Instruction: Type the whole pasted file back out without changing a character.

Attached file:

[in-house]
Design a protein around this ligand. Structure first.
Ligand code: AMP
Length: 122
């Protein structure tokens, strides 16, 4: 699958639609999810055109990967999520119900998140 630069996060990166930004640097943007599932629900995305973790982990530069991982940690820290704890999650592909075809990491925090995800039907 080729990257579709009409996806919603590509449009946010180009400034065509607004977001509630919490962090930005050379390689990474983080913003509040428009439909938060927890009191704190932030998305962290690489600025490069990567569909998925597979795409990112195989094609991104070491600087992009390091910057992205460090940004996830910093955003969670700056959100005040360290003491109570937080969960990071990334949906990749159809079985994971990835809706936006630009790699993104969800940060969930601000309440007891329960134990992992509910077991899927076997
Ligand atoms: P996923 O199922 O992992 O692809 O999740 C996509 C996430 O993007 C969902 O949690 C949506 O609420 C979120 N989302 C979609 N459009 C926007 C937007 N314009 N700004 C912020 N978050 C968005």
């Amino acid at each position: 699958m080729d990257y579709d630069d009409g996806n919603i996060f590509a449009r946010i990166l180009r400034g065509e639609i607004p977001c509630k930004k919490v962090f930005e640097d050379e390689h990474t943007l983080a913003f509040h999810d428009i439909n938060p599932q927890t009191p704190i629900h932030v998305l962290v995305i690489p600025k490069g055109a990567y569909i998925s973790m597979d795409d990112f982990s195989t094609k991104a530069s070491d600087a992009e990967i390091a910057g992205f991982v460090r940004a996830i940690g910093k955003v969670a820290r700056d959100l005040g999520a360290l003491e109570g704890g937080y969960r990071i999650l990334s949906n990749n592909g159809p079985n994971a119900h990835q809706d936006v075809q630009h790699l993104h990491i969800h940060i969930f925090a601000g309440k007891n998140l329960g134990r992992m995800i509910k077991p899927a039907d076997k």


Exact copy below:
[in-house]
Design a protein around this ligand. Structure first.
Ligand code: AMP
Length: 122
């Protein structure tokens, strides 16, 4: 699958639609999810055109990967999520119900998140 630069996060990166930004640097943007599932629900995305973790982990530069991982940690820290704890999650592909075809990491925090995800039907 080729990257579709009409996806919603590509449009946010180009400034065509607004977001509630919490962090930005050379390689990474983080913003509040428009439909938060927890009191704190932030998305962290690489600025490069990567569909998925597979795409990112195989094609991104070491600087992009390091910057992205460090940004996830910093955003969670700056959100005040360290003491109570937080969960990071990334949906990749159809079985994971990835809706936006630009790699993104969800940060969930601000309440007891329960134990992992509910077991899927076997
Ligand atoms: P996923 O199922 O992992 O692809 O999740 C996509 C996430 O993007 C969902 O949690 C949506 O609420 C979120 N989302 C979609 N459009 C926007 C937007 N314009 N700004 C912020 N978050 C968005």
């Amino acid at each position: 699958m080729d990257y579709d630069d009409g996806n919603i996060f590509a449009r946010i990166l180009r400034g065509e639609i607004p977001c509630k930004k919490v962090f930005e640097d050379e390689h990474t943007l983080a913003f509040h999810d428009i439909n938060p599932q927890t009191p704190i629900h932030v998305l962290v995305i690489p600025k490069g055109a990567y569909i998925s973790m597979d795409d990112f982990s195989t094609k991104a530069s070491d600087a992009e990967i390091a910057g992205f991982v460090r940004a996830i940690g910093k955003v969670a820290r700056d959100l005040g999520a360290l003491e109570g704890g937080y969960r990071i999650l990334s949906n990749n592909g159809p079985n994971a119900h990835q809706d936006v075809q630009h790699l993104h990491i969800h940060i969930f925090a601000g309440k007891n998140l329960g134990r992992m995800i509910k077991p899927a039907d076997k």